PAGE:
Likewise, systems such as an airport’s energy center most often are remotely monitored to ensure functionality of mission- critical services. Remote monitoring, however, also entails connectivity to external sources and networks, thus exposing the monitored network to attack.

Unfortunately, it has been proven time and again that even with the use of security products such as firewalls, intrusion detection and prevention systems, there is never a guarantee of full protection against attacks because all software and logic-based solutions are vulnerable and prone to remote manipulation. Considering that airports and airplanes are some of the most lucrative terrorist targets, the premise must be that a lot of effort would be invested in order to overcome potential threats. Therefore, none of the above-mentioned solutions provide the adequate level of security required to protect airport mission-critical networks.

Unidirectional Protection
When dealing with airport security, one must deploy a powerful and absolute security solution that is not vulnerable to standard attack technologies and is immune to software flaws, bugs and, of course, human errors. To fully protect such networks, a foolproof and futureproof solution is required. Unidirectional connectivity is the only security solution that can provide full protection to such remote monitoring networks.

A unidirectional connection, also referred to as a one-way link, is a communication appliance that allows data to pass through in one direction only. Thus, video streams and camera metadata can be transferred only from a camera to the airport’s surveillance network, and not vice versa. Similarly, there would be no bidirectional connection with air traffic control networks, and thereby threats of cyber attacks would be completely eliminated. As for an airport’s energy centers, data necessary for monitoring will be passed from the energy center to the monitoring network or to third-party maintenance and control centers, but not vice versa. Therefore, once more, no online attack against the energy center would be possible.

The point in each of these scenarios is that where data must logically flow in one direction only, a unidirectional link can be implemented, enforcing strict security without impairing functionality.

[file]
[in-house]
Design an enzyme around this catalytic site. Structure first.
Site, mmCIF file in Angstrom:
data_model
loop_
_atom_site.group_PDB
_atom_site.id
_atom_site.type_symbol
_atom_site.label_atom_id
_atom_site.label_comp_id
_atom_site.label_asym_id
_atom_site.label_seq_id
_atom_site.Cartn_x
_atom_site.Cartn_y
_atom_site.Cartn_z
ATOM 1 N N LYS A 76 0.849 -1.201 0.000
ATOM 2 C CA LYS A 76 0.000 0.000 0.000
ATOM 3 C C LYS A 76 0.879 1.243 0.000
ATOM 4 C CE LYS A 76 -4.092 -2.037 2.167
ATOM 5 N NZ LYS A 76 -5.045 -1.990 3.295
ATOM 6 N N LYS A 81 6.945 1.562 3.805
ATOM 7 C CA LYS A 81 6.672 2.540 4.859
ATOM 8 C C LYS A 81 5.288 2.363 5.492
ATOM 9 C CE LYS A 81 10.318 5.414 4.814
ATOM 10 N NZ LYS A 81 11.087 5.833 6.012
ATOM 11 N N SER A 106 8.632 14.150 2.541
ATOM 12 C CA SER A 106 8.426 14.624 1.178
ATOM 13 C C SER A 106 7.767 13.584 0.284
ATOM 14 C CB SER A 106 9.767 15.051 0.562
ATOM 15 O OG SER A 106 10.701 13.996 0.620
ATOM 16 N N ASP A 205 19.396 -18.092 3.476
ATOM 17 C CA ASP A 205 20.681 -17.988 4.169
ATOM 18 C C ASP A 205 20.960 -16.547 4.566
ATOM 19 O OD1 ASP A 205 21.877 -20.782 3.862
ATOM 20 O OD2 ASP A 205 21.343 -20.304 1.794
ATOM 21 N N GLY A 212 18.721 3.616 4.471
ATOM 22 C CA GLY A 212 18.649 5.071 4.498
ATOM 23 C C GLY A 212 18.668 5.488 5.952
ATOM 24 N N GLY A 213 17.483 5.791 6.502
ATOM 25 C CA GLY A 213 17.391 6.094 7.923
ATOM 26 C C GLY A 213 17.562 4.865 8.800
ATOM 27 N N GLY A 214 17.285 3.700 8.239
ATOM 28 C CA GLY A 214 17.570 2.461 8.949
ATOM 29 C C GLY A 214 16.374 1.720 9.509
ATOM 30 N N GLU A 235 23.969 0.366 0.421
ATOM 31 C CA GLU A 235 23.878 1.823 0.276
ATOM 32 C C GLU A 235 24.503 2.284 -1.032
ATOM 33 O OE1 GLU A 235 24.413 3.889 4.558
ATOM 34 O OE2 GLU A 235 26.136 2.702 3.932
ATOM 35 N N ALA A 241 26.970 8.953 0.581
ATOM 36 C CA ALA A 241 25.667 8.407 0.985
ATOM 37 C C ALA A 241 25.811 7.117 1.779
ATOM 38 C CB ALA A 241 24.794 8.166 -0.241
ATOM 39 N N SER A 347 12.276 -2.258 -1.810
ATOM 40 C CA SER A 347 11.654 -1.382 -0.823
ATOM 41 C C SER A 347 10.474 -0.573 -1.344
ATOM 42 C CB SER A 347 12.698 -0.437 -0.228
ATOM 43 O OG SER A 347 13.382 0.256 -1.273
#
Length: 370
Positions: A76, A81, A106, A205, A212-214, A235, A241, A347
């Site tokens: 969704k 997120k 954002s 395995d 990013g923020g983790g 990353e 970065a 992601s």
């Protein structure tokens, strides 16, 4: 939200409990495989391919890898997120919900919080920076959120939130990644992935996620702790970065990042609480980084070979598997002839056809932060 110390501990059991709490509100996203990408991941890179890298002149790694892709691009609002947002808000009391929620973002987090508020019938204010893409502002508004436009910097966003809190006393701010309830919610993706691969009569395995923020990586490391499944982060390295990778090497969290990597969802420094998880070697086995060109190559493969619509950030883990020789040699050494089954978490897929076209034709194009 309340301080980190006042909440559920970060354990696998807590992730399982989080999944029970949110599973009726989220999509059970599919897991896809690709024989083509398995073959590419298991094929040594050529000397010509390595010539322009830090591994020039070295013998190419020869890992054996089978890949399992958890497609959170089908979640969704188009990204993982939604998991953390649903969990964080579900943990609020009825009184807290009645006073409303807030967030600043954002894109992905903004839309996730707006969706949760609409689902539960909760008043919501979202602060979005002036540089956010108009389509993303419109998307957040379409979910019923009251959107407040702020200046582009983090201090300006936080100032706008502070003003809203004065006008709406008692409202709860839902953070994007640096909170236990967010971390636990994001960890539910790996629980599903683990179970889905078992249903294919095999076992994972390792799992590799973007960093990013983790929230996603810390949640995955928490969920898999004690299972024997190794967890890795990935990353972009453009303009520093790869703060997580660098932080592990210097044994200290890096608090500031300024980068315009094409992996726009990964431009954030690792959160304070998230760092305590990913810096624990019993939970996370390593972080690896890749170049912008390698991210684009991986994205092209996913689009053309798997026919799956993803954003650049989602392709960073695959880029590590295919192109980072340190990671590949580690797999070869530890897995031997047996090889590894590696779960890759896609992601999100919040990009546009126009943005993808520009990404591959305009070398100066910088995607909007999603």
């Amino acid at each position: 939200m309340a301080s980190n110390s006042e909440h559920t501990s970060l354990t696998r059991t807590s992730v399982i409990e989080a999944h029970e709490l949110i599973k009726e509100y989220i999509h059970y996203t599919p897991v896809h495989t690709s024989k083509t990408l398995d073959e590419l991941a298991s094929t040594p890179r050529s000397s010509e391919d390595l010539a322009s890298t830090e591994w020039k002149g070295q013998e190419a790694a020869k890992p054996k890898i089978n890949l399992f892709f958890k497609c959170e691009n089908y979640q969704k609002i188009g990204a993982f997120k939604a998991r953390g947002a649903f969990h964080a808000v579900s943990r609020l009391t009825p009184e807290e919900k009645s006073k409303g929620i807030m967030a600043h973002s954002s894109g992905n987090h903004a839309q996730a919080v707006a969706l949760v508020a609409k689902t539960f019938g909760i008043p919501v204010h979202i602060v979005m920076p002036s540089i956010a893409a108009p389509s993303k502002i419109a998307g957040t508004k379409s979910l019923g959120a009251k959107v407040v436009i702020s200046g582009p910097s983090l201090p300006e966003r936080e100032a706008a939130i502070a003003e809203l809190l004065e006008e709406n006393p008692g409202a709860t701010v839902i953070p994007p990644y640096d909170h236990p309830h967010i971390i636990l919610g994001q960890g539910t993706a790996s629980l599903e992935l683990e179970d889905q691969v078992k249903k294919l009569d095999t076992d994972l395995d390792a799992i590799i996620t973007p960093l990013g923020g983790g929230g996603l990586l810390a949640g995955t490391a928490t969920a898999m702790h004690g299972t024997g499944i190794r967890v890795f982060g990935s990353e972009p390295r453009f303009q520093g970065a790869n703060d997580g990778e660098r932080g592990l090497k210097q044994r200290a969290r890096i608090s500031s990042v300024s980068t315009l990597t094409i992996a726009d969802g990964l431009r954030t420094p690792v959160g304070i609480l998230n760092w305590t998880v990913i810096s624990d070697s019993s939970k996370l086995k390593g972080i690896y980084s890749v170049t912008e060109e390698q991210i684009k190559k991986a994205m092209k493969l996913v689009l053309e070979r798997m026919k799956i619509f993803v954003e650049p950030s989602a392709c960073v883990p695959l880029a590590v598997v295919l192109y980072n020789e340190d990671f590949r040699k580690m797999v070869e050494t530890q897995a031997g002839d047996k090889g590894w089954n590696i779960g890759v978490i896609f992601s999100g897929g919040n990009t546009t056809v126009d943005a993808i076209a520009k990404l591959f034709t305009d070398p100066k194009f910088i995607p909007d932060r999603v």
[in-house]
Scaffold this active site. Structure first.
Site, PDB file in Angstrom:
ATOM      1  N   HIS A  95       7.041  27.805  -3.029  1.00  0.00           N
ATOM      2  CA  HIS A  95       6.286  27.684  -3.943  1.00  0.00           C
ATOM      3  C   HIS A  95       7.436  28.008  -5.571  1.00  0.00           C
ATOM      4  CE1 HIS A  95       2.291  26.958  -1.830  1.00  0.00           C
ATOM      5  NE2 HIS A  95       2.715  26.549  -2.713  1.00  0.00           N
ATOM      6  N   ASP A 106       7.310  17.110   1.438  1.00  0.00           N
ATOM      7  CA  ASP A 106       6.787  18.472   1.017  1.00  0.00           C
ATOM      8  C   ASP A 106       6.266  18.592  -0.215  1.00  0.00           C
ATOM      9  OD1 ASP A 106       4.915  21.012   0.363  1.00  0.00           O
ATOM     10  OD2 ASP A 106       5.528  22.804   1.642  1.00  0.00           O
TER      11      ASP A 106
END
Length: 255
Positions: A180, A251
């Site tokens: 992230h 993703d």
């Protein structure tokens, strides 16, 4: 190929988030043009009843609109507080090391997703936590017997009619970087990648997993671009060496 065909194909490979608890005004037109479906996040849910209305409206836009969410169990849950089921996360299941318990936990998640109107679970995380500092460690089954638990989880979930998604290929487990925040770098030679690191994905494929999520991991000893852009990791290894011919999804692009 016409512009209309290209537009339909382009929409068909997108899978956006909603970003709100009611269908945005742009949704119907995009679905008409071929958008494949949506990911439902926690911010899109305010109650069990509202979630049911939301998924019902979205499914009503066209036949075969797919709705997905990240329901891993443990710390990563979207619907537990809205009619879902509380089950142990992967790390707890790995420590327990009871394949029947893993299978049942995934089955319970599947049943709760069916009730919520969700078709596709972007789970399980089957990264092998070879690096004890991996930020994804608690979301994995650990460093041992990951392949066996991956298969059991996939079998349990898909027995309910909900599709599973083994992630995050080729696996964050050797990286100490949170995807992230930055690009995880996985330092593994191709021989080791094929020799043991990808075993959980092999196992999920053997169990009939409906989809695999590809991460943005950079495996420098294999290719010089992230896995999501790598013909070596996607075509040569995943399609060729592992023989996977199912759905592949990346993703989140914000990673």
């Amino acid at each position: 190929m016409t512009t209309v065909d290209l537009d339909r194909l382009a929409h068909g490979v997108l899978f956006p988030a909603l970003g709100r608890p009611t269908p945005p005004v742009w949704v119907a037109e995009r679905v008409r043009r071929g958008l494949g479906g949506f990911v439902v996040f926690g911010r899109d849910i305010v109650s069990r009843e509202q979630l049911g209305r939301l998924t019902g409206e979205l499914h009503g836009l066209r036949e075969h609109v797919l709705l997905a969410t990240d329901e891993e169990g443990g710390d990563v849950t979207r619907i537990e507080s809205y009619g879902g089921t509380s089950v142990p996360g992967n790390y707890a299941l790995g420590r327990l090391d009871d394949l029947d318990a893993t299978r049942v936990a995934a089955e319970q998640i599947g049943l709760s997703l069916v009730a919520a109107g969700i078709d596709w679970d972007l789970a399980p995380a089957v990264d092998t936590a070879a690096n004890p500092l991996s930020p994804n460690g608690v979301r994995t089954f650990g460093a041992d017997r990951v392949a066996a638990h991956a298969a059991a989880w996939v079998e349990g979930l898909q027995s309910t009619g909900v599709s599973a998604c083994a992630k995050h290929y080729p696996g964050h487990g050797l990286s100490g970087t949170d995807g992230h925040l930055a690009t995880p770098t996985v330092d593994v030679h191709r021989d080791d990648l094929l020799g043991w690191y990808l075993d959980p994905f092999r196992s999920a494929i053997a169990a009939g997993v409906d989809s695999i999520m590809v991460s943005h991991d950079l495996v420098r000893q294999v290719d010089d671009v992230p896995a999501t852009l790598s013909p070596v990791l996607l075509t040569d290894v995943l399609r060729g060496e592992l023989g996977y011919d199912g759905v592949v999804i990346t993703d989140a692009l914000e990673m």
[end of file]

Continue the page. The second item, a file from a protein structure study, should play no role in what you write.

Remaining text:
Innovative Security
A secure unidirectional communication system must enforce its unidirectional data flow by means of physical hardware as opposed to software and other logical ways. The system is comprised of two hardware components that are physically capable of communicating with each other, one way only. One component can only transmit to the other, and not vice versa. This is accomplished by connecting the two components via fiber-optic cable with the transmitting component having only a transmitter—a laser LED—and the receiving unit having only a receiver—a photoelectric cell. In such a way, data can physically flow only from the transmitter to the receiver.

To facilitate reliable data transfer over a unidirectional medium, a unique communication protocol must be implemented. This protocol adds communication reliability, as well as another layer of security to the system, by allowing transfer of the payload. For example, raw video data in IP video surveillance only means stripping it from headers and other protocol fields commonly used to facilitate malicious attacks.

Based on patent-pending technology, this unidirectional connectivity concept can be implemented for securely transmitting any type of remote monitoring data, be it video streams, air traffic control data or any other type of data pertaining to remote monitoring scenarios. In every scenario, the unidirectional link will enable data to flow securely from the sensor to the monitoring network or monitoring and control center.

As the data will be flowing only one way, there will be no threat of online hacking attacks. There simply will be no return link at the hacker’s disposal.

Airport security officials should use the added advantages technology offers them when battling terrorism, crime or accidents. The solution lies with the only available foolproof and future-proof security technology—unidirectional connectivity.

Digital Edition

  • Security Today Magazine - April 2020

    April 2020